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The front of the chassis is well featured. Here you’ll find headphone and mic sockets along with an analogue volume wheel. There’s also a FireWire port, an infrared port and a memory card reader that accepts SD/MMC, SmartMedia and Memory Stick.
The left side of the case is taken up by the massive battery pack and a large exhaust vent area.
The right hand side features the aforementioned optical drive along with a 10/100 Ethernet port, a modem socket, a Type II PC Card slot, and two USB 2.0 ports.
At the rear is a parallel port, a D-SUB connector, an S-Video socket and two more USB 2.0 ports.
Above the keyboard is a long silver ridge with a large power button at the right end. On either side of this ridge are speakers covered in metal mesh. Considering the size of the speaker covers I expected big things from the built-in sound, but my expectations were unfounded. It would appear that only the speaker covers are large and that the actual speakers are tiny, since the sound quality is tinny and poor when playing back music.
The Voyager 64 comes loaded with Windows XP Home. You also get a copy of Microsoft Works 7.0 for office productivity, Pinnacle Studio 8SE for video editing, B’s Recorder Gold for optical disc burning, and WinDVD 4 for watching movies.
Performance wise the Voyager 64 is fast, but not as fast as I was expecting it to be. The SYSmark 2002 score of 214 makes it the second fastest notebook we’ve seen at TrustedReviews, but to be honest I didn’t expect it to be lagging 23 points behind the Fujitsu-Seimens Amilo D8830. That’s not to say that the Voyager 64 isn’t a fast notebook, it most definitely is, I just expected it to be a faster notebook.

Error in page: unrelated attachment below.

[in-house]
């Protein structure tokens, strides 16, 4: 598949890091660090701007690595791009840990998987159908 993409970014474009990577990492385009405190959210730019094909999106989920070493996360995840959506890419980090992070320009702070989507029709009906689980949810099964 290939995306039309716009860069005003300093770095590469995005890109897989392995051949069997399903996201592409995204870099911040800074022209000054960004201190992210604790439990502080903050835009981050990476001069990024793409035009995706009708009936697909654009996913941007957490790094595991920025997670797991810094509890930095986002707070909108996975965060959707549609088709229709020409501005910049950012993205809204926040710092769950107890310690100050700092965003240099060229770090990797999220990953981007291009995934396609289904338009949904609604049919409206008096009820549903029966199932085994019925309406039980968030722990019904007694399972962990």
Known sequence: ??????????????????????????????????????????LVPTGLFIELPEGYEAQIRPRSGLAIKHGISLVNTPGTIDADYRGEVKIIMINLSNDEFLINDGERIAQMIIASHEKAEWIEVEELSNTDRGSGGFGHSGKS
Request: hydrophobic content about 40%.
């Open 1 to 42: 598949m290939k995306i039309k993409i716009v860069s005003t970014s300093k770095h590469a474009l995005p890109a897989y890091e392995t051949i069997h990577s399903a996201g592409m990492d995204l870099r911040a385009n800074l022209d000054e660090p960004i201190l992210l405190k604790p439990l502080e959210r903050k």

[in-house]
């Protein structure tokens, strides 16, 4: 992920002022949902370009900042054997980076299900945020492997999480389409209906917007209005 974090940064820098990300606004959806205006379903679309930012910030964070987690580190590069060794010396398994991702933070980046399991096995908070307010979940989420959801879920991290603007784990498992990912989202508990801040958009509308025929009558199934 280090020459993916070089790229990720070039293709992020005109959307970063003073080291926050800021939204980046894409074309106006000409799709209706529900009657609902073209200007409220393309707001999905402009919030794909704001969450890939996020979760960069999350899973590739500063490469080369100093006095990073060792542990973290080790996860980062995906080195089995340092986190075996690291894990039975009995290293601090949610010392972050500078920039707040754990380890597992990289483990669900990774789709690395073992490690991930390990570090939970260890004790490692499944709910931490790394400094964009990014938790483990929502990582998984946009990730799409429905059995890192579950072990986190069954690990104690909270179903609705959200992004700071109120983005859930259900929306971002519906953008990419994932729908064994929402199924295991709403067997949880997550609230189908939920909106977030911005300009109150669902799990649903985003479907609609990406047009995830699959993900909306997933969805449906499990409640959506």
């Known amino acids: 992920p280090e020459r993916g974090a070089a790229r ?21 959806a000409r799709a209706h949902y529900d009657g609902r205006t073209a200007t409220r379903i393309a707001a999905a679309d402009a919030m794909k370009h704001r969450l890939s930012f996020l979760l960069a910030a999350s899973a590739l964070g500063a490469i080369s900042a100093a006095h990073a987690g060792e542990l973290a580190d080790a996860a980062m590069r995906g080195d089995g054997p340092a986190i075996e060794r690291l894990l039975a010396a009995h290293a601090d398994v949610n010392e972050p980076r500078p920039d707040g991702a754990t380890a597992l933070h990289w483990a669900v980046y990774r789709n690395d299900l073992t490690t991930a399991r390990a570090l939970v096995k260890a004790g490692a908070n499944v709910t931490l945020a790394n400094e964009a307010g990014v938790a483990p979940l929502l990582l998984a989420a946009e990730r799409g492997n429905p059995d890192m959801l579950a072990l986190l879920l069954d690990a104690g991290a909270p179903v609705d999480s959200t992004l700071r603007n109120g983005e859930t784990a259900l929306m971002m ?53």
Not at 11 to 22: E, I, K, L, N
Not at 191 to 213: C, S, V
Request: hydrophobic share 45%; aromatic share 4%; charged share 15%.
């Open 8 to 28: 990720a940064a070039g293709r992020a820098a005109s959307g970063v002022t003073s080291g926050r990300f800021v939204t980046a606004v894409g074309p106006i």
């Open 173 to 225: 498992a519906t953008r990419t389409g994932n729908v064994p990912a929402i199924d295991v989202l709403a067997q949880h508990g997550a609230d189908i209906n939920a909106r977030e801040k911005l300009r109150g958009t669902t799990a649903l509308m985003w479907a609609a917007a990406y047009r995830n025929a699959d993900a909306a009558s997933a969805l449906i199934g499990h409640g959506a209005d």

However, what really surprised me was the battery life. Usually with a big desktop replacement machine, the battery life will be pretty poor. But running Mobile Mark resulted in a battery life just four minutes short of three hours.
The Voyager 64 also turned in a 3DMark 2001 SE score of 10,044 which again is pretty impressive for a mobile platform. Of course this is due to the ATi Mobility Radeon 9600 chipset and it means that you can use the Voyager 64 for a little entertainment as well as work.
If you’re thinking of using the Voyager 64 as a ‘carry everywhere’ type of notebook, don’t. With a weight of 3.6kg, you wouldn’t want to be lugging it around with you unless you had to and the dimensions of 332 x 285 x 41mm (WxDxH) don’t make it easy to slip unobtrusively into a bag either. That said, as a desktop replacement solution, the Voyager 64 excels. And if you do want to use it on the move, the battery life is more than acceptable for a notebook this large and powerful.
The only thing really missing from the Voyager 64 is wireless connectivity, but then I expect a machine like this to be carried from home to office and back again, and the chances are it will be plugged into a wired network in both places.
The final factor to consider is price, and like any new technology, Athlon 64 chips don’t come cheap, so I was expecting something a little scary as far as the price goes. I was however, surprised once more when Evesham informed me that the price for the Voyager 64 was only £1399 including VAT. Considering that you’ve got cutting edge technology surrounded by a feature rich package, with a price like that the Voyager 64 is a bit of a bargain.
The first AMD Athlon 64 notebook to arrive at TrustedReviews is something of a hit. The performance wasn’t quite as breathtaking as I’d hoped but the overall package offers great features and good value for money.
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